Update: As it turned out, the Timbers did score on the break, albeit with a game-clinching counterattack, and Collin's presence was decisive for the rotated Red Bulls, until another injury forced him out in the first half. Portland received a big boost by gritting out a 2-0 win on Friday.


Hell

At the beginning of July the Chicago Fire were atop the Supporters' Shield standings but staring at their toughest stretch of the season: five of six on the road, with the first four of those road contests against teams above the playoff line. Of those 15 available road points they took just one, and the trip came to a crashing end with a decisive and dispiriting 3-0 loss at Montreal on Wednesday night.

Teams have figured out what to do about Chicago, at least a little bit (volume up for analysis):

Watch the Fire long enough these days and you'll notice a familiar pattern. Teams allow either Dax McCarty or Bastian Schweinsteiger to carry the ball to within about 45 yards of goal, then 1) build a wall in front of them while sealing off passing lanes, 2) force a back-pass, and 3) apply immediate pressure as soon as that back-pass is hit.

This has repeatedly caught the Fire fullbacks out, whether it's been Matt Polster or Johan Kappelhof or Patrick Doody, and the central defense – currently beset by injuries – has not held up under the strain of having to make so many open-field plays.

TFC, who visit Chicago on Saturday (8 pm ET; TSN1 in Canada | MLS LIVE in the US), are not naturally a type of team that likes to give ground in the midfield. But they're clever and disciplined, and if that's what it requires to carve up Chicago (and probably bury their Shield hopes in the process), that's what they'll do.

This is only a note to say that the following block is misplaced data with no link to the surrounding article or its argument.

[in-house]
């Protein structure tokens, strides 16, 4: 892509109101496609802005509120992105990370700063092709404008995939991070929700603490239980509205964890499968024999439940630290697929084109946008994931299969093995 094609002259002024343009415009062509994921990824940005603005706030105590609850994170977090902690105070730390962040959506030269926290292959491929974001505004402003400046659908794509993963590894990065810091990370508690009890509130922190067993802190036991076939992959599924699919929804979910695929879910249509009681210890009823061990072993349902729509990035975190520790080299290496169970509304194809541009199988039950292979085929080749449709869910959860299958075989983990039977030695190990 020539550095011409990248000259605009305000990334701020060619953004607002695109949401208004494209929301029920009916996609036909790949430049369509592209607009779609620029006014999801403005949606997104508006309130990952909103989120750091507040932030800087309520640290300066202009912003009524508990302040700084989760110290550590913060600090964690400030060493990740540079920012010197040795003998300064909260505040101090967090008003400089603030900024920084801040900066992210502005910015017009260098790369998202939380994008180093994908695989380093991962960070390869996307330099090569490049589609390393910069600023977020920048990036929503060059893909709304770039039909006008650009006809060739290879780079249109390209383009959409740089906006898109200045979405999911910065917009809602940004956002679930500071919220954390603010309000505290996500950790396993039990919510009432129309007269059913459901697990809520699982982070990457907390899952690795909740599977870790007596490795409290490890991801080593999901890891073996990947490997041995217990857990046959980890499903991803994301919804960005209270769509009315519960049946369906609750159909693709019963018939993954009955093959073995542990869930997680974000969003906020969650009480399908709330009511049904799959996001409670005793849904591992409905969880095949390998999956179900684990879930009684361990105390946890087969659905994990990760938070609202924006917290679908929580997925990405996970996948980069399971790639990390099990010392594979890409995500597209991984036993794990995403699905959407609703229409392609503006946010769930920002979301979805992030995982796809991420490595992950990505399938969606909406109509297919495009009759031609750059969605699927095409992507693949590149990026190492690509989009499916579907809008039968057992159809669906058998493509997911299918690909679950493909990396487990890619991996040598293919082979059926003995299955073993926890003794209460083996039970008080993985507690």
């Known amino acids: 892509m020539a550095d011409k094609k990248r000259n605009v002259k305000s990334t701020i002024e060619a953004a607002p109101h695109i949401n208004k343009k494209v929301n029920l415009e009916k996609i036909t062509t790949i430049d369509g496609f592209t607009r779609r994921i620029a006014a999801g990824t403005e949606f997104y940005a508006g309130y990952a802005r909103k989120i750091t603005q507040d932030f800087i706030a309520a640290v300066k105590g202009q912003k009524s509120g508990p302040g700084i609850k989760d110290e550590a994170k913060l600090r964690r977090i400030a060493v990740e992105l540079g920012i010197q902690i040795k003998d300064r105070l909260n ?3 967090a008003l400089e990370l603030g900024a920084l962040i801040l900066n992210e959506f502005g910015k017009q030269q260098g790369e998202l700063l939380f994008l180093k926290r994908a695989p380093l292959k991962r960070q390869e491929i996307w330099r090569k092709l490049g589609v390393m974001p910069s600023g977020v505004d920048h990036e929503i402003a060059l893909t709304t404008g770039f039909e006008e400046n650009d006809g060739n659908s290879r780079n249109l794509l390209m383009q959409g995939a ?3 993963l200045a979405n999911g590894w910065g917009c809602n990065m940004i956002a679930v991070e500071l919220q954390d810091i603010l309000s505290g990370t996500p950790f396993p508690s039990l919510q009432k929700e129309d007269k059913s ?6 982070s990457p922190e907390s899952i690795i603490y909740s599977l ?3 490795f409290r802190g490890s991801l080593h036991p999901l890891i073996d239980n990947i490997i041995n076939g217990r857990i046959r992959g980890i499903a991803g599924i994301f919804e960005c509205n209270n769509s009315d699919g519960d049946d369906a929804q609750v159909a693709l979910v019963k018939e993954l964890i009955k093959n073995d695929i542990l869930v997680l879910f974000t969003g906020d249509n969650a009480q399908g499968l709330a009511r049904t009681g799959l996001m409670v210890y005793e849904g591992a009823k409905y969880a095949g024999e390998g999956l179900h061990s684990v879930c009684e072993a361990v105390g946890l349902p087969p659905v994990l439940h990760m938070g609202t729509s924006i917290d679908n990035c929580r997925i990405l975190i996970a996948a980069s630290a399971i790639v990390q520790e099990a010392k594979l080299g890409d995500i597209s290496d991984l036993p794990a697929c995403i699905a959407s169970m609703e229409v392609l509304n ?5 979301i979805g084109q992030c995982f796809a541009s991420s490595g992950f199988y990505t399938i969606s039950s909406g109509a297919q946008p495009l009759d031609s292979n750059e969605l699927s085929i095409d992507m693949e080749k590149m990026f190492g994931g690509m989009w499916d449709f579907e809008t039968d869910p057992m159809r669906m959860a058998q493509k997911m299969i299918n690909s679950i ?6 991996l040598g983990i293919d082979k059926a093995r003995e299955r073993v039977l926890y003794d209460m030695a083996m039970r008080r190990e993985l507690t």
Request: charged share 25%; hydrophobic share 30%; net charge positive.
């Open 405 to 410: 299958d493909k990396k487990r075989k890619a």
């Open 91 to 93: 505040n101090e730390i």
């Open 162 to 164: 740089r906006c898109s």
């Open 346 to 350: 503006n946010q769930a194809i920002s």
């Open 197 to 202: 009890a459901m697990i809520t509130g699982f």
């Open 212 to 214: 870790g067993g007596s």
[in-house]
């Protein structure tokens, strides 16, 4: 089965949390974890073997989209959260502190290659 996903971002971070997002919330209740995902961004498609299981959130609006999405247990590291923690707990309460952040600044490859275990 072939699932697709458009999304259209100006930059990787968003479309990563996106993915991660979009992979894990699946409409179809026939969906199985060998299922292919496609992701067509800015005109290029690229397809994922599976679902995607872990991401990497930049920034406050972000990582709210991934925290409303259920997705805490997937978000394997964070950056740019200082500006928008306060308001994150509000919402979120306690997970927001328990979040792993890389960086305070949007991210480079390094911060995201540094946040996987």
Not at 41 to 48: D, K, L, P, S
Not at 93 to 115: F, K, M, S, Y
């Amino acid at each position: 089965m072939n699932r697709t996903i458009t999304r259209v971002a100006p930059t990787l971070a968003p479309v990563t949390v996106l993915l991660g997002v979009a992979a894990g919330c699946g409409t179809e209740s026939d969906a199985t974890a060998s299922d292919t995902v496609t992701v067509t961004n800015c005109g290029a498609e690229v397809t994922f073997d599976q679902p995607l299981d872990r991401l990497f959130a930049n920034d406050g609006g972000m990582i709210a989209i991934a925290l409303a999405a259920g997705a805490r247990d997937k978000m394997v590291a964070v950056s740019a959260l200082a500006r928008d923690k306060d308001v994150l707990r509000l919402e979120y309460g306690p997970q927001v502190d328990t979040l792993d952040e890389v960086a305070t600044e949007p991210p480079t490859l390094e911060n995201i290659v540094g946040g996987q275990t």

I'll also be watching: How often Victor Vazquez gets into the box. The Spaniard really does pick and choose his moments – he's not much of a goalscorer. But one surefire way to upend Chicago's apple cart all season has been to just throw more numbers into the 18 and overwhelm them.


Plenty More

Seattle host Minnesota on Sunday night, the weekend finale (10 pm ET; FS1 & FOX Deportes in the US | TSN1 in Canada). This is what happened the last time these two teams met (which was two weeks ago, and also happens to be MNUFC's most recent game):

Seattle are the league's hottest team, having won five of six and are unbeaten in eight. The Loons are among the coldest, with just one win in the last two months.

There's no reason to think this meeting won't be a reprise of the meeting two weeks ago, which ended up 4-0 to the Sounders but could've been 6-0 or 7-0. And now, because I've said that and because this is MLS, there's every reason to think it won't end up as a reprise of that meeting.

I'll also be watching: I'm interested in seeing where MNUFC draw their line of confrontation. Seattle can be hurried into mistakes if you press them, but the Loons are disastrous when they try to get too much on the front foot.


One more thing to ponder:

Happy weekending, everybody.